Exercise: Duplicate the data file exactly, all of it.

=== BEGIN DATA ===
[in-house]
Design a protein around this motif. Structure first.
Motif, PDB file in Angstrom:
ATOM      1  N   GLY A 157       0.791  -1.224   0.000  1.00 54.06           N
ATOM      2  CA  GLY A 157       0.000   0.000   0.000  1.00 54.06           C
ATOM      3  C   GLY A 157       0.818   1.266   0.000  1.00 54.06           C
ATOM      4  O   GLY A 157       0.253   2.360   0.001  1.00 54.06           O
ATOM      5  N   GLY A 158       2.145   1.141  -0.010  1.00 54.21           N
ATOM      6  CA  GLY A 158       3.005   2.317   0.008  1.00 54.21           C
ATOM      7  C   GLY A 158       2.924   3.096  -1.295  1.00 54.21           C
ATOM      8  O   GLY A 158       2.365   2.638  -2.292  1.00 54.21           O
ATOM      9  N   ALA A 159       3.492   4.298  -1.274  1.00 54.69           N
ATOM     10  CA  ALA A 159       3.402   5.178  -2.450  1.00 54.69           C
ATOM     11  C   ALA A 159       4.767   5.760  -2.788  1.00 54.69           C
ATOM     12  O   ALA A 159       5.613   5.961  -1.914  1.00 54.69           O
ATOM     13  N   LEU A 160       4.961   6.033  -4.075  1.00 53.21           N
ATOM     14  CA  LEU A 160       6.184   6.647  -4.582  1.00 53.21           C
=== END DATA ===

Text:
[in-house]
Design a protein around this motif. Structure first.
Motif, PDB file in Angstrom:
ATOM      1  N   GLY A 157       0.791  -1.224   0.000  1.00 54.06           N
ATOM      2  CA  GLY A 157       0.000   0.000   0.000  1.00 54.06           C
ATOM      3  C   GLY A 157       0.818   1.266   0.000  1.00 54.06           C
ATOM      4  O   GLY A 157       0.253   2.360   0.001  1.00 54.06           O
ATOM      5  N   GLY A 158       2.145   1.141  -0.010  1.00 54.21           N
ATOM      6  CA  GLY A 158       3.005   2.317   0.008  1.00 54.21           C
ATOM      7  C   GLY A 158       2.924   3.096  -1.295  1.00 54.21           C
ATOM      8  O   GLY A 158       2.365   2.638  -2.292  1.00 54.21           O
ATOM      9  N   ALA A 159       3.492   4.298  -1.274  1.00 54.69           N
ATOM     10  CA  ALA A 159       3.402   5.178  -2.450  1.00 54.69           C
ATOM     11  C   ALA A 159       4.767   5.760  -2.788  1.00 54.69           C
ATOM     12  O   ALA A 159       5.613   5.961  -1.914  1.00 54.69           O
ATOM     13  N   LEU A 160       4.961   6.033  -4.075  1.00 53.21           N
ATOM     14  CA  LEU A 160       6.184   6.647  -4.582  1.00 53.21           C